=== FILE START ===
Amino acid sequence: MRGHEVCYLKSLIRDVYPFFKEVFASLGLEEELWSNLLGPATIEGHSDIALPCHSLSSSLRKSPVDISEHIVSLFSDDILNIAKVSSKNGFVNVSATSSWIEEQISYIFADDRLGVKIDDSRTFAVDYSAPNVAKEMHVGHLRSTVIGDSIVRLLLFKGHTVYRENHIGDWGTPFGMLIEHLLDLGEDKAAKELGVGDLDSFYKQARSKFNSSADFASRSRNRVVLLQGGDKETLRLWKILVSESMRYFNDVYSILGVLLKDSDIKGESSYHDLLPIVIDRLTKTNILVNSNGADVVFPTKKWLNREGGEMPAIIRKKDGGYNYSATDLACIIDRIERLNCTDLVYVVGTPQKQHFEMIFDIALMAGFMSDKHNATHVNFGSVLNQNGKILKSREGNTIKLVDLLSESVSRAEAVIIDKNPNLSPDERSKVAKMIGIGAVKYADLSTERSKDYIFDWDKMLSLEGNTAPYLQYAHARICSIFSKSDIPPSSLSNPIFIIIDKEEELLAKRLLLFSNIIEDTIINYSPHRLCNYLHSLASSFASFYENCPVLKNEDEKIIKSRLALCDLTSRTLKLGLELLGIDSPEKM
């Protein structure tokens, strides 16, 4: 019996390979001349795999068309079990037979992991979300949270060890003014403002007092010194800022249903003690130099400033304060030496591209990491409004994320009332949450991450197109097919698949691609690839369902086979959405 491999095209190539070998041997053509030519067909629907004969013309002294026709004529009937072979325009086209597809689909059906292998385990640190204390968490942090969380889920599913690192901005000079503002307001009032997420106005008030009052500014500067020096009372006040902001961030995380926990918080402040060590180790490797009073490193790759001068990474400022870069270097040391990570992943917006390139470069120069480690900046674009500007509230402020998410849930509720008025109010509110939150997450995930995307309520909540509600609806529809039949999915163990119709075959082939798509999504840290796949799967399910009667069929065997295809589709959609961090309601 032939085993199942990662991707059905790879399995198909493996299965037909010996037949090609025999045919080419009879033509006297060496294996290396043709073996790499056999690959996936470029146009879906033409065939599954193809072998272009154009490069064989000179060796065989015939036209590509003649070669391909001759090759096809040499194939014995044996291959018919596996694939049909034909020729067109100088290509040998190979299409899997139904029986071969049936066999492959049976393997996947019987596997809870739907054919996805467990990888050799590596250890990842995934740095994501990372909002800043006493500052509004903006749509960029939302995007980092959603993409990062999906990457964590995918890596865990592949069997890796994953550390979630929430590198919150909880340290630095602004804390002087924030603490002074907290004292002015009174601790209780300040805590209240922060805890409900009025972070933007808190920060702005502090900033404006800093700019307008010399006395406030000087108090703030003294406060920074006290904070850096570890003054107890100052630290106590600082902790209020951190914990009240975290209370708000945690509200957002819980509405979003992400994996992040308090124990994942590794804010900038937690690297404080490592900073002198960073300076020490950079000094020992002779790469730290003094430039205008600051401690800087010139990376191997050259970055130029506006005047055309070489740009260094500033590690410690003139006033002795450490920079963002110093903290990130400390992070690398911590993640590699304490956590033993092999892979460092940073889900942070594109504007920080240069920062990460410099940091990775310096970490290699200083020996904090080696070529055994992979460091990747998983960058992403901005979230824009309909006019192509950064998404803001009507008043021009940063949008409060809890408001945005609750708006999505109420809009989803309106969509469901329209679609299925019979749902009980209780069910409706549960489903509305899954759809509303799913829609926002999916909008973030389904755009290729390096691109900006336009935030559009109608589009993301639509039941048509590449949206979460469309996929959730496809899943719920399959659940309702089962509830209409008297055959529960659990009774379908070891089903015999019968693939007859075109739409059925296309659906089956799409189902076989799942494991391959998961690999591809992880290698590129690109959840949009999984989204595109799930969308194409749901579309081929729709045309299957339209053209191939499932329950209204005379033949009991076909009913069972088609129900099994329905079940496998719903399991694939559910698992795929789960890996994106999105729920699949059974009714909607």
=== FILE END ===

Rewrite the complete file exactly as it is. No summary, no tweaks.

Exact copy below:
Amino acid sequence: MRGHEVCYLKSLIRDVYPFFKEVFASLGLEEELWSNLLGPATIEGHSDIALPCHSLSSSLRKSPVDISEHIVSLFSDDILNIAKVSSKNGFVNVSATSSWIEEQISYIFADDRLGVKIDDSRTFAVDYSAPNVAKEMHVGHLRSTVIGDSIVRLLLFKGHTVYRENHIGDWGTPFGMLIEHLLDLGEDKAAKELGVGDLDSFYKQARSKFNSSADFASRSRNRVVLLQGGDKETLRLWKILVSESMRYFNDVYSILGVLLKDSDIKGESSYHDLLPIVIDRLTKTNILVNSNGADVVFPTKKWLNREGGEMPAIIRKKDGGYNYSATDLACIIDRIERLNCTDLVYVVGTPQKQHFEMIFDIALMAGFMSDKHNATHVNFGSVLNQNGKILKSREGNTIKLVDLLSESVSRAEAVIIDKNPNLSPDERSKVAKMIGIGAVKYADLSTERSKDYIFDWDKMLSLEGNTAPYLQYAHARICSIFSKSDIPPSSLSNPIFIIIDKEEELLAKRLLLFSNIIEDTIINYSPHRLCNYLHSLASSFASFYENCPVLKNEDEKIIKSRLALCDLTSRTLKLGLELLGIDSPEKM
């Protein structure tokens, strides 16, 4: 019996390979001349795999068309079990037979992991979300949270060890003014403002007092010194800022249903003690130099400033304060030496591209990491409004994320009332949450991450197109097919698949691609690839369902086979959405 491999095209190539070998041997053509030519067909629907004969013309002294026709004529009937072979325009086209597809689909059906292998385990640190204390968490942090969380889920599913690192901005000079503002307001009032997420106005008030009052500014500067020096009372006040902001961030995380926990918080402040060590180790490797009073490193790759001068990474400022870069270097040391990570992943917006390139470069120069480690900046674009500007509230402020998410849930509720008025109010509110939150997450995930995307309520909540509600609806529809039949999915163990119709075959082939798509999504840290796949799967399910009667069929065997295809589709959609961090309601 032939085993199942990662991707059905790879399995198909493996299965037909010996037949090609025999045919080419009879033509006297060496294996290396043709073996790499056999690959996936470029146009879906033409065939599954193809072998272009154009490069064989000179060796065989015939036209590509003649070669391909001759090759096809040499194939014995044996291959018919596996694939049909034909020729067109100088290509040998190979299409899997139904029986071969049936066999492959049976393997996947019987596997809870739907054919996805467990990888050799590596250890990842995934740095994501990372909002800043006493500052509004903006749509960029939302995007980092959603993409990062999906990457964590995918890596865990592949069997890796994953550390979630929430590198919150909880340290630095602004804390002087924030603490002074907290004292002015009174601790209780300040805590209240922060805890409900009025972070933007808190920060702005502090900033404006800093700019307008010399006395406030000087108090703030003294406060920074006290904070850096570890003054107890100052630290106590600082902790209020951190914990009240975290209370708000945690509200957002819980509405979003992400994996992040308090124990994942590794804010900038937690690297404080490592900073002198960073300076020490950079000094020992002779790469730290003094430039205008600051401690800087010139990376191997050259970055130029506006005047055309070489740009260094500033590690410690003139006033002795450490920079963002110093903290990130400390992070690398911590993640590699304490956590033993092999892979460092940073889900942070594109504007920080240069920062990460410099940091990775310096970490290699200083020996904090080696070529055994992979460091990747998983960058992403901005979230824009309909006019192509950064998404803001009507008043021009940063949008409060809890408001945005609750708006999505109420809009989803309106969509469901329209679609299925019979749902009980209780069910409706549960489903509305899954759809509303799913829609926002999916909008973030389904755009290729390096691109900006336009935030559009109608589009993301639509039941048509590449949206979460469309996929959730496809899943719920399959659940309702089962509830209409008297055959529960659990009774379908070891089903015999019968693939007859075109739409059925296309659906089956799409189902076989799942494991391959998961690999591809992880290698590129690109959840949009999984989204595109799930969308194409749901579309081929729709045309299957339209053209191939499932329950209204005379033949009991076909009913069972088609129900099994329905079940496998719903399991694939559910698992795929789960890996994106999105729920699949059974009714909607």